On February 14, 2020 the U.S. Attorney’s Office for the Middle District of Tennessee announced a $4.1 million settlement with Cookeville Regional Medical Center Authority. The settlement resolved allegations by the United States and State of Tennessee against Cookeville Regional Medical Center (“CRMC”), a hospital in Cookeville, Tennessee. The alleged violations related to improper financial arrangements between CRMC and physicians associated with its wholly owned subsidiary physician practice. The whistleblower in this case was a former employee of Cookeville Regional Medical Center.

Vanguard Healthcare, LLC, and related Vanguard companies (“Vanguard”), based in Brentwood, Tennessee agreed to resolve the False Claims Act case alleging False Claims Act violations for grossly substandard nursing home services.  Further, the Government contended that preadmission forms with forged signatures were submitted to TennCare in order to be reimbursed by Medicaid. On February 27, 2019 U.S. Attorney Don Cochran and the Department of Justice announced an agreement involving the payment of $18 million, the largest worthless services resolution in Tennessee history. 

MedQuest Associates, Inc., BioImaging at Charlotte, Inc., BioImaging of CoolSprings, Inc., and BioImaging at Harding, Inc. were ordered to pay $11.1 million after the U.S. District Court for the Middle District of Tennessee granted summary judgment to the United States in a False Claims Act qui tam action. The companies submitted claims for payment to Medicare for diagnostic testing conducted without the required physician supervision, and caused the submission of false Medicare claims in which another Medicare provider’s billing number was improperly used.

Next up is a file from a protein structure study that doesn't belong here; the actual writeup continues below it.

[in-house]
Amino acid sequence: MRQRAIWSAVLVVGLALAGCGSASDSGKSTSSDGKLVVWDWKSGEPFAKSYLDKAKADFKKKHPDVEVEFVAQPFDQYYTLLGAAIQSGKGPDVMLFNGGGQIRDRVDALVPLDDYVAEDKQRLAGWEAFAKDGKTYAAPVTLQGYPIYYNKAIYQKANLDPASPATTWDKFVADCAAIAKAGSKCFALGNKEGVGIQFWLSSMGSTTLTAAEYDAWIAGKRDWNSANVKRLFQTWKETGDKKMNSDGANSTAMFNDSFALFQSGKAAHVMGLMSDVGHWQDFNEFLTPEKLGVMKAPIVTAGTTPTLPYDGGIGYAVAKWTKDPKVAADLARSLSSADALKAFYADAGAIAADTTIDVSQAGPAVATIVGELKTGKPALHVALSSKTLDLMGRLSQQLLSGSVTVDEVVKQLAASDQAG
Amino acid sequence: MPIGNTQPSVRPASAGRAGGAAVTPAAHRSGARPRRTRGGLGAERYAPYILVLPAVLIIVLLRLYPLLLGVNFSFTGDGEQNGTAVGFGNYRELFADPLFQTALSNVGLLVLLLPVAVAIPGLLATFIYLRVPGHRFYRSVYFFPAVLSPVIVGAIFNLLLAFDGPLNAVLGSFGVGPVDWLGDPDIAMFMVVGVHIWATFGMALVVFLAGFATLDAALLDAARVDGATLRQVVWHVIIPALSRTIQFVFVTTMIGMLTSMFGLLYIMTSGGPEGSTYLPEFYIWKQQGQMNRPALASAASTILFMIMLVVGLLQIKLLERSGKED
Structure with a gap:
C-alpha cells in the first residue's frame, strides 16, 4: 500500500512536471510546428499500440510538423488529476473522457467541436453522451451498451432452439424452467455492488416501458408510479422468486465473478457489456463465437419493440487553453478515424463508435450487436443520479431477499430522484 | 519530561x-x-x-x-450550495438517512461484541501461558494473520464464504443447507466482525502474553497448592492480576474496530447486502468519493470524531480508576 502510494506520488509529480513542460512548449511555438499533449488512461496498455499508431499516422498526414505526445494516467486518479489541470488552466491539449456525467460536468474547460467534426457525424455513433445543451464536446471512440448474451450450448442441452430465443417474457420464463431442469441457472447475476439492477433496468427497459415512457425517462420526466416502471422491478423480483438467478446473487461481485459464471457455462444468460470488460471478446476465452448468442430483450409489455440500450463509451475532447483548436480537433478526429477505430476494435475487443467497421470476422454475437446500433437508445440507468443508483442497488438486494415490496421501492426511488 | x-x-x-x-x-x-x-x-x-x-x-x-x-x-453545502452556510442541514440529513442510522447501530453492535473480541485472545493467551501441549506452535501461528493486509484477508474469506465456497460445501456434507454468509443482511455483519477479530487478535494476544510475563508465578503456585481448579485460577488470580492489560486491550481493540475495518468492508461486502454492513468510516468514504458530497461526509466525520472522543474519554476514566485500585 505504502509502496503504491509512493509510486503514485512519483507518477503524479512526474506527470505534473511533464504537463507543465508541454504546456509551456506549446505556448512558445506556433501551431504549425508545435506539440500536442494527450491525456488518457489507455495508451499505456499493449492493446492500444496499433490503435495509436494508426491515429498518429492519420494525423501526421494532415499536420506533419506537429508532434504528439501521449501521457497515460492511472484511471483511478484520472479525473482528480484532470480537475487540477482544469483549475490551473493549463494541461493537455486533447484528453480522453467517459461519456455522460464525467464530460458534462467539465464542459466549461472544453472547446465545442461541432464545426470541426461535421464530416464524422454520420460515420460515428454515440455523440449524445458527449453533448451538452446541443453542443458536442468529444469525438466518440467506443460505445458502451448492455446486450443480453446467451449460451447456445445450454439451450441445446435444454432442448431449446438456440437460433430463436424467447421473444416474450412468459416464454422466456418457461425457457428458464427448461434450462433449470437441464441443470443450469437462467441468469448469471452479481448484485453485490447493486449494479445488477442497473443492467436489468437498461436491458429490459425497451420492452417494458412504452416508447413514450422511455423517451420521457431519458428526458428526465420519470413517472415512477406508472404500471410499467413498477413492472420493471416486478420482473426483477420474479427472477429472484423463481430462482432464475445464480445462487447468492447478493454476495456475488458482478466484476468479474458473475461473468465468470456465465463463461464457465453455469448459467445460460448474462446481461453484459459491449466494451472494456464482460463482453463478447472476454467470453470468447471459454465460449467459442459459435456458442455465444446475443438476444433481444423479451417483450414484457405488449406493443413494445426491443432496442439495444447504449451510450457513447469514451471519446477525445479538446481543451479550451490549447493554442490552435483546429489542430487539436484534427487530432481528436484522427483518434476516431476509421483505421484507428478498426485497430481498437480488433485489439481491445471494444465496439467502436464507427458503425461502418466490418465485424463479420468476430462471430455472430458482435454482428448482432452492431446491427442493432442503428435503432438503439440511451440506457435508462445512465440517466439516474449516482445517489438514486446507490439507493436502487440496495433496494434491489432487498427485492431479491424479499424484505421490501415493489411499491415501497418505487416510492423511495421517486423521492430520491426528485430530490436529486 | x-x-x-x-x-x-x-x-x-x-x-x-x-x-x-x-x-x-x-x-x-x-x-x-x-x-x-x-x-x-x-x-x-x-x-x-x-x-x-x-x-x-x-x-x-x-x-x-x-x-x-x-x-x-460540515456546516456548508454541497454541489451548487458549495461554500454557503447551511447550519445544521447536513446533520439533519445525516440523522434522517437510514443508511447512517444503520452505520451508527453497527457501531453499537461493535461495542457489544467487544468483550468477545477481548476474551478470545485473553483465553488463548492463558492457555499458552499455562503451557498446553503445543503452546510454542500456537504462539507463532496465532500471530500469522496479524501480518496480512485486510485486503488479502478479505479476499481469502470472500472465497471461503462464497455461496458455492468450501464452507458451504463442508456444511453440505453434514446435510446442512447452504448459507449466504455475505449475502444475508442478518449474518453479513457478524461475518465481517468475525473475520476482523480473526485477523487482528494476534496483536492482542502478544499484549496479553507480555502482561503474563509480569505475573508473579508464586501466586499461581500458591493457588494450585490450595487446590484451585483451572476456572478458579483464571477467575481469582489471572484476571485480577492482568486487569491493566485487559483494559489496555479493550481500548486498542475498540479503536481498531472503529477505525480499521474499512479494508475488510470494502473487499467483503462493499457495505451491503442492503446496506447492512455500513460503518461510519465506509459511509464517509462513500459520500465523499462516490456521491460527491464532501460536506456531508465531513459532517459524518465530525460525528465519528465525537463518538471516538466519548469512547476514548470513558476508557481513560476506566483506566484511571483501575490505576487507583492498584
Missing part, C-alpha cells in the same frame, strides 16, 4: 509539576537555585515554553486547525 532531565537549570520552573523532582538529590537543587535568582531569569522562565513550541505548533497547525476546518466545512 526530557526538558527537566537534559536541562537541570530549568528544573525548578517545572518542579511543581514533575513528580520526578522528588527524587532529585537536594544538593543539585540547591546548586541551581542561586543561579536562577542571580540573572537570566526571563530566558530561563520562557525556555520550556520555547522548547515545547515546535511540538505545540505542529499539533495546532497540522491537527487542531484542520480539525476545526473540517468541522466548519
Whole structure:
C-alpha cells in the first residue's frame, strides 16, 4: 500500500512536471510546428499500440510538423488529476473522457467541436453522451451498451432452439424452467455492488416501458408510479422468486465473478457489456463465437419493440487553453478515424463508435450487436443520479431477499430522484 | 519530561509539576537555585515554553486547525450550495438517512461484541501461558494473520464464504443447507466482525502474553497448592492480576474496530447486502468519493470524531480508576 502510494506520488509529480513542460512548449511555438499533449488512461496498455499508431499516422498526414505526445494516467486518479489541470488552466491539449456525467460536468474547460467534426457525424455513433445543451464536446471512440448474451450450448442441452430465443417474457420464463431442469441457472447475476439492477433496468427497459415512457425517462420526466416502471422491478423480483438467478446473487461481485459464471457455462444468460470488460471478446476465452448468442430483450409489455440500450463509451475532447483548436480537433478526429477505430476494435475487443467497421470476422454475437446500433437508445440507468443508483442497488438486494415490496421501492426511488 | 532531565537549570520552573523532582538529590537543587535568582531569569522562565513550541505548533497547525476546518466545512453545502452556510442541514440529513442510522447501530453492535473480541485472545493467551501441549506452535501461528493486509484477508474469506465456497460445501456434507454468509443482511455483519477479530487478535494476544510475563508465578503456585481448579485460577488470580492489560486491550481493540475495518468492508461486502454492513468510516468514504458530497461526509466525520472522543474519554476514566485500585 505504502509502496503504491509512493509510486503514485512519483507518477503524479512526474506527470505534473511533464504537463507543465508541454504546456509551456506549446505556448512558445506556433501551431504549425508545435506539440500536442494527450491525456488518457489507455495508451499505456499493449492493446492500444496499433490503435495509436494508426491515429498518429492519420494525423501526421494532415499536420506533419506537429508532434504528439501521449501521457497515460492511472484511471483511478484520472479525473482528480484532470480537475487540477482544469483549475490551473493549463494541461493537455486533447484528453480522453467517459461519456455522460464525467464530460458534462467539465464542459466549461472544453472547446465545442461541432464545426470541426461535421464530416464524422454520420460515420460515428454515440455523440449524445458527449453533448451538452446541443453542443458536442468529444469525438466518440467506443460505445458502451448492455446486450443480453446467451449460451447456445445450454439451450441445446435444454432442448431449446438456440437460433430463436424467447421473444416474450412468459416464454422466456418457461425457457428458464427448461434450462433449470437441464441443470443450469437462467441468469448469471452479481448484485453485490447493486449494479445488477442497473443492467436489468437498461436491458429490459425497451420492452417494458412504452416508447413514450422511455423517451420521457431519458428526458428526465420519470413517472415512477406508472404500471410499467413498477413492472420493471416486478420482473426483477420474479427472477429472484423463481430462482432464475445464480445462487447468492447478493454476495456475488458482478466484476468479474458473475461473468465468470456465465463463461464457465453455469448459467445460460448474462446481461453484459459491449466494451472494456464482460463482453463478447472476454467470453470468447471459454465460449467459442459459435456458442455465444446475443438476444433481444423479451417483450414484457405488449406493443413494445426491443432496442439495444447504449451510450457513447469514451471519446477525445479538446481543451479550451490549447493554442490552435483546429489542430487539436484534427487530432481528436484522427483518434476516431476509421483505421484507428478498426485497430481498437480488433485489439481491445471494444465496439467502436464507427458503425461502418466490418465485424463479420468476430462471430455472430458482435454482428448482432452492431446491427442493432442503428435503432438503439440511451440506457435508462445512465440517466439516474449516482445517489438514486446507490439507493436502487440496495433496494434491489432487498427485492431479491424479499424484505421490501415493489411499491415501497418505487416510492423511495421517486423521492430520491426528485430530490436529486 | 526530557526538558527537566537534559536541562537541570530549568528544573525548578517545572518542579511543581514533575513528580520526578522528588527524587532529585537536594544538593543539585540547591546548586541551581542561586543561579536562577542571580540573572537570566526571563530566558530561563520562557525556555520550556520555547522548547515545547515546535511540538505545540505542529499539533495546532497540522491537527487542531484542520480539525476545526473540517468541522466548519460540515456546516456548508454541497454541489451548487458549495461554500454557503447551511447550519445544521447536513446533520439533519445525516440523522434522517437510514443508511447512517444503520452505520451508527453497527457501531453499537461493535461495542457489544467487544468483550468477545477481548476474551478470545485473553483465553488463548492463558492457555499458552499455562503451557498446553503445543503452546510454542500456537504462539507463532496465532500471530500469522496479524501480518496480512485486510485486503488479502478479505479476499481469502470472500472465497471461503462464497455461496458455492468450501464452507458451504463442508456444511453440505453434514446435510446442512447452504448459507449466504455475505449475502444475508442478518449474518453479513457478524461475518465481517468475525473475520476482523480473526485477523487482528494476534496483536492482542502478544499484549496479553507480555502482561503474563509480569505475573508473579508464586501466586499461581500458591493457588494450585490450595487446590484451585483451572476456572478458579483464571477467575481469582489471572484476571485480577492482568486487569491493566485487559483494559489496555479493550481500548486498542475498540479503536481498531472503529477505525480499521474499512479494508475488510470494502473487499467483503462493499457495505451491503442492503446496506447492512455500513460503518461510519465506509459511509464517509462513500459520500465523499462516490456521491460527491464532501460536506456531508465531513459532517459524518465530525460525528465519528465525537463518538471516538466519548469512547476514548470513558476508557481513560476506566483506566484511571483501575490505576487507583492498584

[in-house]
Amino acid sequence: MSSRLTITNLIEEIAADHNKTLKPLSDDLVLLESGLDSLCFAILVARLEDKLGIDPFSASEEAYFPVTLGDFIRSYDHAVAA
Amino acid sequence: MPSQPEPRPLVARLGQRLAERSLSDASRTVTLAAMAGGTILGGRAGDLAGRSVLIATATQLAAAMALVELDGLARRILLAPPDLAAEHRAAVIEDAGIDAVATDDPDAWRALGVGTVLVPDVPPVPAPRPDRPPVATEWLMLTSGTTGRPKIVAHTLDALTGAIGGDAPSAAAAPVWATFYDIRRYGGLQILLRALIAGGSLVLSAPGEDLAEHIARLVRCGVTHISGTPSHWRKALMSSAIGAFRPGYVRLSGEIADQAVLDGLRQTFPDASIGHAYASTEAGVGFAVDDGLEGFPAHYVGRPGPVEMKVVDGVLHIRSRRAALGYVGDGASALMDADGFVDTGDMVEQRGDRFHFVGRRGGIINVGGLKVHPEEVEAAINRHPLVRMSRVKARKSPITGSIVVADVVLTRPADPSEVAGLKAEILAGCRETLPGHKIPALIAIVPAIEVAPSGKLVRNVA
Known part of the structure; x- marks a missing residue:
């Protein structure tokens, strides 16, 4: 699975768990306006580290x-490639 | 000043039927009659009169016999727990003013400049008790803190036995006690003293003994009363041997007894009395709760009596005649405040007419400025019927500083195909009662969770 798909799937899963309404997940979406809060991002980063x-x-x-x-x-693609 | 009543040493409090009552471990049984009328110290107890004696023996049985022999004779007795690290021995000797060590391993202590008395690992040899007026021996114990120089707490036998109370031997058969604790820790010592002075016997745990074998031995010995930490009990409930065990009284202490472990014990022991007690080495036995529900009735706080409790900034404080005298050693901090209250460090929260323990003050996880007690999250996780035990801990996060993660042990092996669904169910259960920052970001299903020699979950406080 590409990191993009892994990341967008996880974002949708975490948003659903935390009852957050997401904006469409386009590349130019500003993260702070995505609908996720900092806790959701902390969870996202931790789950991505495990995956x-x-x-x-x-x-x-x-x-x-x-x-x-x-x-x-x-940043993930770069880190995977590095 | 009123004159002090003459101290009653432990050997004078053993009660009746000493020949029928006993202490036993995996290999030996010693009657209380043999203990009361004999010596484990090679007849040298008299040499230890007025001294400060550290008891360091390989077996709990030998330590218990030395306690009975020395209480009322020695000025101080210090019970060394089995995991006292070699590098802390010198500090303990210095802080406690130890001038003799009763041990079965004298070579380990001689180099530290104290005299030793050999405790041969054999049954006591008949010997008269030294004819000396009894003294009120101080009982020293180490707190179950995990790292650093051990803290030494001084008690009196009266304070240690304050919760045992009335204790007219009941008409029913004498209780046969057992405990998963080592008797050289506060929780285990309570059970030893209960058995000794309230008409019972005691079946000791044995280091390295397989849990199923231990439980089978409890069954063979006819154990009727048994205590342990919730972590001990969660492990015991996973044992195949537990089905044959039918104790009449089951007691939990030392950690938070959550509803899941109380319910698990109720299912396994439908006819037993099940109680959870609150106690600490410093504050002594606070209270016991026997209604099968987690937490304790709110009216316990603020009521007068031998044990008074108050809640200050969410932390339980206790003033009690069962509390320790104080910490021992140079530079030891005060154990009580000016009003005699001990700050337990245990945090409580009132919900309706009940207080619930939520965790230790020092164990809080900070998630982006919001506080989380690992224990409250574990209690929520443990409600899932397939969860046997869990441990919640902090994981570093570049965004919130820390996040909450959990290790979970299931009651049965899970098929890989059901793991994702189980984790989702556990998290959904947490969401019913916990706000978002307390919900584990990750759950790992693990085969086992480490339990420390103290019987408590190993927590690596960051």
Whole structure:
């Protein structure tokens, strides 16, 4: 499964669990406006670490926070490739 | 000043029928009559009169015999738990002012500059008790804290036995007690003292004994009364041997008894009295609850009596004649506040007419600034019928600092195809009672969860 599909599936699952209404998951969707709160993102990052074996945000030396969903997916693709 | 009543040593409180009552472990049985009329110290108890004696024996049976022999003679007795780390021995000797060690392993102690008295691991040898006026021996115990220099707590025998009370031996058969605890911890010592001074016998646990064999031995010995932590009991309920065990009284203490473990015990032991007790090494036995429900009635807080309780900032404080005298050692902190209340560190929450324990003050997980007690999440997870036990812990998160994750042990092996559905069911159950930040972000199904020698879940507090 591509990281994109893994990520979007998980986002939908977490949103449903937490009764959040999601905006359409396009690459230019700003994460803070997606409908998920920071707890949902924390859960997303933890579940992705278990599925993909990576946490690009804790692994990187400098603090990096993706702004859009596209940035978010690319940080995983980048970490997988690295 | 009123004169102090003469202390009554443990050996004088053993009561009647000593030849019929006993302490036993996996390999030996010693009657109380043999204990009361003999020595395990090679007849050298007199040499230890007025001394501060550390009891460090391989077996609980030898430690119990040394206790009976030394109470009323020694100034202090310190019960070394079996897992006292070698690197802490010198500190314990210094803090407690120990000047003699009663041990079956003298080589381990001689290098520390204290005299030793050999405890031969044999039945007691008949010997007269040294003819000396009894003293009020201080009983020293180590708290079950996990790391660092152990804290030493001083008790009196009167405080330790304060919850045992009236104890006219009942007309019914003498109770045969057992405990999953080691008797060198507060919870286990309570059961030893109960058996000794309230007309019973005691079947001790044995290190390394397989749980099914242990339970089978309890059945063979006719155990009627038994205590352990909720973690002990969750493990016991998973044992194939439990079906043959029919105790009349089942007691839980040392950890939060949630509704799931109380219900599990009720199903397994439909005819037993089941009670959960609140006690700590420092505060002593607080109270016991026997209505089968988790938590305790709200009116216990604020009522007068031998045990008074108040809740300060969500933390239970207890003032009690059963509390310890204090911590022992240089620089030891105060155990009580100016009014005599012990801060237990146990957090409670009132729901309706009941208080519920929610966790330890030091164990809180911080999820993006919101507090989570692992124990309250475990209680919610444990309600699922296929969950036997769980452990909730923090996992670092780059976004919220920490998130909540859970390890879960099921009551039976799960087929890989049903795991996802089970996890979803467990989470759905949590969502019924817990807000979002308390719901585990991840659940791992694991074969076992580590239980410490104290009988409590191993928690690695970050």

DOJ announced that Gayle Rogers and the estate of her late husband, Tom Rogers, agreed to pay $15.25 million to settle allegations that he filed false claims with Medicare. The Government alleged that Tom Rogers and his management company, Alpha Medical Inc., submitted false claims to Medicare for the company’s fees for servicing a network that he created of home health agencies owned by his relatives, his best friend, and others who were indebted to him. Medicare would not have paid the fee if it had known about the relationships between the management company and the network. Medicare’s rule against paying fees which result in profit when there is a controlling relationship is designed to protect Medicare from unscrupulous demands for excessive fees. 

Hill-Rom Company, Inc., a durable medical equipment supplier, agreed to pay the United States $41.8 million to resolve Medicare fraud allegations. Hill-Rom was alleged to have knowingly submitted numerous false claims to the Medicare program for certain specialized medical equipment for patients who did not qualify for the equipment and for patients who had died or were no longer using the equipment. Hill-Rom also was alleged to have submitted claims for medically unnecessary equipment. 

Medtronic, Inc. agreed to pay $40 million to the United States based upon allegations about certain sales and marketing practices in the spinal business. Two qui tam suits alleged that the Medtronic Sofamor Danek division (MSD) paid kickbacks to doctors to induce them to use MSD’s spinal products. The government alleged that, between 1998 and 2003, Medtronic paid kickbacks in a number of forms, including sham consulting agreements, sham royalty agreements and lavish trips to desirable locations. 

Renal Care Group, RCG Supply Company, and Fresenius Medical Holdings, Inc. were ordered to pay more than $19.4 million plus interest to resolve claims made in a qui tam complaint. The complaint alleged that following a merger, Renal Care Group and Fresenius created RCG Supply Company, a sham supply company, in order to fraudulently bill Medicare and Medicaid in violation of the False Claims Act.

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James Conrad, Former Director of Program Integrity at CMS, and Former FBI Health Care Fraud Analy